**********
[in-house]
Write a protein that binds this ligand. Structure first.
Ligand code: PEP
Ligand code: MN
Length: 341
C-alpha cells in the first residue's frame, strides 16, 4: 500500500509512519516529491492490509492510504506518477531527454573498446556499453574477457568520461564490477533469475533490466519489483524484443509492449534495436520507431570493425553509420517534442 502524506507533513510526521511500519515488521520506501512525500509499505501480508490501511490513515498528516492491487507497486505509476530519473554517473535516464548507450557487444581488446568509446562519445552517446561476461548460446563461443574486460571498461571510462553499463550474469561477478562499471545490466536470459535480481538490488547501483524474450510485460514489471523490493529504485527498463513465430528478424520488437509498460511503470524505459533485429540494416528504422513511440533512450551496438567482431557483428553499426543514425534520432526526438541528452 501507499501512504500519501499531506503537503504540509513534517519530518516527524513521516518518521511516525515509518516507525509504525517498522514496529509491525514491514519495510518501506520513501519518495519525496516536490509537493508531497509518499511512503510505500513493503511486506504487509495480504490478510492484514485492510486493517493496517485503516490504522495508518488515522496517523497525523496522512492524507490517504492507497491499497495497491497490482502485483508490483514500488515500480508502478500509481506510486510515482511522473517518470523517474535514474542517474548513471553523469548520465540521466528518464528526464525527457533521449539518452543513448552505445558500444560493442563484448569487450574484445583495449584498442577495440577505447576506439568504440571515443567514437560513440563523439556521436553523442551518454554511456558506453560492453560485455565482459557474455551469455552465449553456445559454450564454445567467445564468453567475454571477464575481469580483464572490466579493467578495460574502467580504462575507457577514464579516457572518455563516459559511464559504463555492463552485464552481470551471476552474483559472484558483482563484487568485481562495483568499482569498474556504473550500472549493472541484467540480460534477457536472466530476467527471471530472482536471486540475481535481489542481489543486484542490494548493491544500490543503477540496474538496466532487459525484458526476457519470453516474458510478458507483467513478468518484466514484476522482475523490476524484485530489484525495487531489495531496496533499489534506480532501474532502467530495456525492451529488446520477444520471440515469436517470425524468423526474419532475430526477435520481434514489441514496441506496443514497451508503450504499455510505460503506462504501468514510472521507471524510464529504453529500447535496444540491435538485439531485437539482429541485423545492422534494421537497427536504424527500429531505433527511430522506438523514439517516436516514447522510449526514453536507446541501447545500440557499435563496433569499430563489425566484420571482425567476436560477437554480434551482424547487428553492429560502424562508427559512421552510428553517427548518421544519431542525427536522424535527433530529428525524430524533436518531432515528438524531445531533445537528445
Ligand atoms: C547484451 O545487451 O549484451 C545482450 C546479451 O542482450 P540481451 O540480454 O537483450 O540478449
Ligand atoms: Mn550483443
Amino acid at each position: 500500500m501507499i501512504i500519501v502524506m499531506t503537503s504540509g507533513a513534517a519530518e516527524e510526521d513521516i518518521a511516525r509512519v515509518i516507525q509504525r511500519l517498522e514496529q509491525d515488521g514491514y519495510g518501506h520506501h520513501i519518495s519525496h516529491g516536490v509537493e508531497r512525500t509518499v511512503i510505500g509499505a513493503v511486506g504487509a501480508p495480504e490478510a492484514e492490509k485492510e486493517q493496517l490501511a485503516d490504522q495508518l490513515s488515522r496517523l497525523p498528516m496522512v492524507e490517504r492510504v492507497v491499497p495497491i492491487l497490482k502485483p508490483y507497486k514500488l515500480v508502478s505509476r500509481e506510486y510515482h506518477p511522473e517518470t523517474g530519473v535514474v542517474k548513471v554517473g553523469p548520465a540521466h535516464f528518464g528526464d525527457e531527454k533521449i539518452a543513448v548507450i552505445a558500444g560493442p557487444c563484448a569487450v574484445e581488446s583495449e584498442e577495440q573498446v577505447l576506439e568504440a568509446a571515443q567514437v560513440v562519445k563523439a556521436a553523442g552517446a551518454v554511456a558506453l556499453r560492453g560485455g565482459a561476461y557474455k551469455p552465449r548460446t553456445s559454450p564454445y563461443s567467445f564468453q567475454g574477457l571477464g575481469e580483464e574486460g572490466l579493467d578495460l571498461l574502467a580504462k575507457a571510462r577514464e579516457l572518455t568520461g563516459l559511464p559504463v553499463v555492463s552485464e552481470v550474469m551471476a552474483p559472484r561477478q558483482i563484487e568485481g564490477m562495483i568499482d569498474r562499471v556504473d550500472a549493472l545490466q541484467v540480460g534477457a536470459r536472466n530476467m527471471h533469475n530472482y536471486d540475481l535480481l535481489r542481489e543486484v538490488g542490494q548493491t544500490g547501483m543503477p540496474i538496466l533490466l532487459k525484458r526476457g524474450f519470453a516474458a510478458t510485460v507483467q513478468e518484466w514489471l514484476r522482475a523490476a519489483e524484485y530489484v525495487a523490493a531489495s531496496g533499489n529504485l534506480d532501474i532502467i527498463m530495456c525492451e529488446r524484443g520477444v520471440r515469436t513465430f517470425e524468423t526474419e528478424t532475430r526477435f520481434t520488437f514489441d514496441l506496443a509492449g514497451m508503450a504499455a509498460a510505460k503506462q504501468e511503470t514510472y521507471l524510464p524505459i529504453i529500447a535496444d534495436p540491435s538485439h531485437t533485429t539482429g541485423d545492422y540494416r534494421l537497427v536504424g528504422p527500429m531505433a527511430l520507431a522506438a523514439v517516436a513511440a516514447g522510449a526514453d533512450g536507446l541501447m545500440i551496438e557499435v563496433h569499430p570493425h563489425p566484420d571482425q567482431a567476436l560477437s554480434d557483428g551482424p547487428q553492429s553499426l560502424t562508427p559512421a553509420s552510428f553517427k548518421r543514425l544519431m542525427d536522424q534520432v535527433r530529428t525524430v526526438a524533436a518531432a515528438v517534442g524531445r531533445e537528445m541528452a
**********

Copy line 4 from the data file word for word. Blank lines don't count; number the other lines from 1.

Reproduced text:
Ligand code: MN